Now let's talk about the real reason why I'm making this post, temperature. Because making fun of Fahrenheit should be a national sport. First of all, the SI unit for temperature are Kelvins, not Celsius degrees. But it's okay here, because Kelvins are based off of Celsius degrees, they have the same base unit and all, it's just that 0K is the lowest temperature possible (-273.15°C), because having a unit that can go bellow 0 (like Celsius and Fahrenheit does) is a bit stupid when you're trying to apply science to it. So Celsius and Kelvin are pretty much the same, it's just that Celsius makes sense for humans and Kelvin makes sense for physicists. Anyways, how were Celsius degrees defined? To define a temperature scale, you need three things: a low temperature, a high temperature, and how many units you have in between. Following the SI pattern of making things easy, the low Celsius temperature is the point of freezing water (at 1bar), the high temperature is the point of boiling water (at 1bar still), and those were separated by 100 units (water freezes at 0°C, water boils at 100°C). This might seem like a logical but imprecise measurement to most, but if you've had a course on thermodynamics or ever seen the phase diagram of water (this one is in Celsius degrees and not Kelvin for easy reading), you will know that those are extremely precise and easy to measure. Now, how were Fahrenheit degrees defined? Hold on to your hats because this is gonna get hairy. You might recall something about the human body temperature or something like that being used, but it's actually a lot more complicated (and hilarious). When Fahrenheit submitted his temperature scale, he said that the low temperature was the temperature of "a mixture of ice, water, and ammonium chloride" (Wikipedia), and the high temperature was "approximately the human body temperature" (Wikipedia still). But that's what he submitted, now how he first defined it. The low temperature was in fact the lowest air temperature measured in his hometown (Gdańsk, Poland) during the 1708/1709 winter, and the high temperature was the blood temperature of a horse. I think you can understand now why he tried to make his submission "a bit more scientific". If it sounds like I'm pulling random stuff out of my ass it's because it's pretty much what the thought process behind this scale was. But wait, there's more! Because yes, I did not mention where those two temperatures where on the scale. You may think 0°F and 100°F, like any normal human being, but no, this had to be bullshit as well. Because Fahrenheit (reminder that I'm talking about a physicist here) wanted that the interval between the two could be divided in 12, but that wasn't enough so each twelfth had do be divided in 8. That means that the low temperature is 0°F, and the high temperature is 12*8=96°F. This, this right here is the temperature scale the US is using. I mean, at this point I don't have anything else to say I can just close it off there and call it a day. Because, seriously, what the actual fuck is this scale. A temperature scale defined by 0 being the temperature recorded in some small Poland town in January/February of 1709, and 96 being the blood temperature of one random horse.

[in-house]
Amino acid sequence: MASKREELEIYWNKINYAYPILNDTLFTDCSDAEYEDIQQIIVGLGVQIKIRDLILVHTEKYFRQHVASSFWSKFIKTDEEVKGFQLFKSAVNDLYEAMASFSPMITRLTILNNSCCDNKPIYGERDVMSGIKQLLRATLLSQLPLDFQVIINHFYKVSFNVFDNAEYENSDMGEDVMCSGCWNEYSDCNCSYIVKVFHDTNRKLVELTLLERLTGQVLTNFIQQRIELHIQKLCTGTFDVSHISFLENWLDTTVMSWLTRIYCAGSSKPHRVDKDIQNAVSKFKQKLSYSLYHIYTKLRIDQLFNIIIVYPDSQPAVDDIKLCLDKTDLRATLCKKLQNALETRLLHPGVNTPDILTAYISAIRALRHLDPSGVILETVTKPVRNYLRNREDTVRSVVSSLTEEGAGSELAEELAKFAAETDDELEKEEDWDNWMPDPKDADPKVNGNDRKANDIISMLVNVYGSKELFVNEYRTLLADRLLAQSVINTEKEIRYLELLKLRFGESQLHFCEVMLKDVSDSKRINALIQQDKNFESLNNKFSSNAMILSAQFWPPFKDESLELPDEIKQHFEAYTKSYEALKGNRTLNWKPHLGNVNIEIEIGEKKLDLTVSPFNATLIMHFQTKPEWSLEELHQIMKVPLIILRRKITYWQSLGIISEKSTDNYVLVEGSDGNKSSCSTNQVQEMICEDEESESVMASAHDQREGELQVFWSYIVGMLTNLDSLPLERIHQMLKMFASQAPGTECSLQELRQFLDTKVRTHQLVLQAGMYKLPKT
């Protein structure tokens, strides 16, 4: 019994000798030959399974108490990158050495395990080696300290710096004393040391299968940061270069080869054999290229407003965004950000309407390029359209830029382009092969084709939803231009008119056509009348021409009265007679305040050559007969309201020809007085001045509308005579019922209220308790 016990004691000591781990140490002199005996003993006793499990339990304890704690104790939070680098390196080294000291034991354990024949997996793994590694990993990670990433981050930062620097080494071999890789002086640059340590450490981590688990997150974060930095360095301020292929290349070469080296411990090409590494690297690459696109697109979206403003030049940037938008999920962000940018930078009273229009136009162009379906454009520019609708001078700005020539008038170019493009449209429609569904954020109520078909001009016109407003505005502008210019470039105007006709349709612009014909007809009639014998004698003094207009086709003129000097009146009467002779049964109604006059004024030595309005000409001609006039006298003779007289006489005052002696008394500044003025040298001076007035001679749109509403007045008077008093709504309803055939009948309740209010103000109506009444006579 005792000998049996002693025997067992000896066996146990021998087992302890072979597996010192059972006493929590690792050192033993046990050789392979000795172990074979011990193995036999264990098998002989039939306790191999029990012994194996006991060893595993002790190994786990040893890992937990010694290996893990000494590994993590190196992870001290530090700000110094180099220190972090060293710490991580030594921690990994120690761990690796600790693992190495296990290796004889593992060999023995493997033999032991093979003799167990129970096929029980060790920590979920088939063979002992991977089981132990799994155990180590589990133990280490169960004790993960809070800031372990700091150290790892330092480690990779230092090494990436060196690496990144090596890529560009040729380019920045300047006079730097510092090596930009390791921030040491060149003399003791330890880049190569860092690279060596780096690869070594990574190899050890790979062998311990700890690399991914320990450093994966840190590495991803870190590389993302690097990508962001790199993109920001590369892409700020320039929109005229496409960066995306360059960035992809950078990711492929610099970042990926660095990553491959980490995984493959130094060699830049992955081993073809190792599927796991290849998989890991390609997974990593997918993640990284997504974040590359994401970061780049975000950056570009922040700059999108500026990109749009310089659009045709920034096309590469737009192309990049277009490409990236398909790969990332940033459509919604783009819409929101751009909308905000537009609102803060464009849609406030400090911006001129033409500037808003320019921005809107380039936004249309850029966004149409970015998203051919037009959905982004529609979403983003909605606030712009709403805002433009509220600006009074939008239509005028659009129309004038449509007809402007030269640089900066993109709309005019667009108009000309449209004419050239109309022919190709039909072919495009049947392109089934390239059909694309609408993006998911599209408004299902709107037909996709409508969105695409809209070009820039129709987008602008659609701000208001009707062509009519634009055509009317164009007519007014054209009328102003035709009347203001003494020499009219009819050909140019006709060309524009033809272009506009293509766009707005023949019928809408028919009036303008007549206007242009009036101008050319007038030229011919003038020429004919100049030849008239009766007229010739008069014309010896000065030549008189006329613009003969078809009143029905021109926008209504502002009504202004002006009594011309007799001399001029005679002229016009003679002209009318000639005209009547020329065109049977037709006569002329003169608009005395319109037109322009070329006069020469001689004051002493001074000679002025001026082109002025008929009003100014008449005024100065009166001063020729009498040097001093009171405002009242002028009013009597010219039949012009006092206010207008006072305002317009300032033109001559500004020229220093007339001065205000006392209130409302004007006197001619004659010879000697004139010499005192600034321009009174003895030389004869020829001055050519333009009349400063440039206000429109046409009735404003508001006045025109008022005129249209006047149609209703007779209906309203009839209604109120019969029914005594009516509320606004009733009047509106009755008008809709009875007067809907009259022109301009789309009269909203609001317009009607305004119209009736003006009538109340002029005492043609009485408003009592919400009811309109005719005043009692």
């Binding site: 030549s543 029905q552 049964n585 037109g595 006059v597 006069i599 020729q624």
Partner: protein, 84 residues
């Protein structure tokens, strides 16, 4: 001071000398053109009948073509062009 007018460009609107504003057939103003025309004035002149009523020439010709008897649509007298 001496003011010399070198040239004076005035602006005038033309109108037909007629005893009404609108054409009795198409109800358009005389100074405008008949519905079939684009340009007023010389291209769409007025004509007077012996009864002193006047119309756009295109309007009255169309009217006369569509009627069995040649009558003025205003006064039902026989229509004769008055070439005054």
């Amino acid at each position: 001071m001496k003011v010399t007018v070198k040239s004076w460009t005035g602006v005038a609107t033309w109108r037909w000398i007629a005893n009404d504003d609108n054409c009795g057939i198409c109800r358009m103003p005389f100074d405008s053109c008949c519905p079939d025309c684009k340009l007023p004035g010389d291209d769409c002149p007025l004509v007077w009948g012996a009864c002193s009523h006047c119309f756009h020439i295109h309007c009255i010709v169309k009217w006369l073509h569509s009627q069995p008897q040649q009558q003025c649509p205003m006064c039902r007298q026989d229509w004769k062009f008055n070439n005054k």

tl;dr I invite all of you to invent your own personal unit of temperature
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Post edited by Gouchnox on


  • AuroyaNovoAuroyaNovo Posts: 5,516Member, Friendly, Cool ✭✭✭✭✭
    Well, that was quite an interesting read. Thanks :3
  • BillaboBillabo Posts: 1,133Member, Friendly, Conversationalist ✭✭✭✭
    I want to say that I do like Fahrenheit as a temperature scale for weather. A couple degrees F makes a difference, and to represent that same temperature change in C, you have to use the tenths place. Plus, 100 degrees F is not far above where it starts feeling unbearably hot, and 0 degrees... is pretty cold. Ok, so the lower end is kind of arbitrary, but since the weather often drops below freezing, and 0 degrees C doesn't feel extremely cold, it makes sense to make the low end be below that.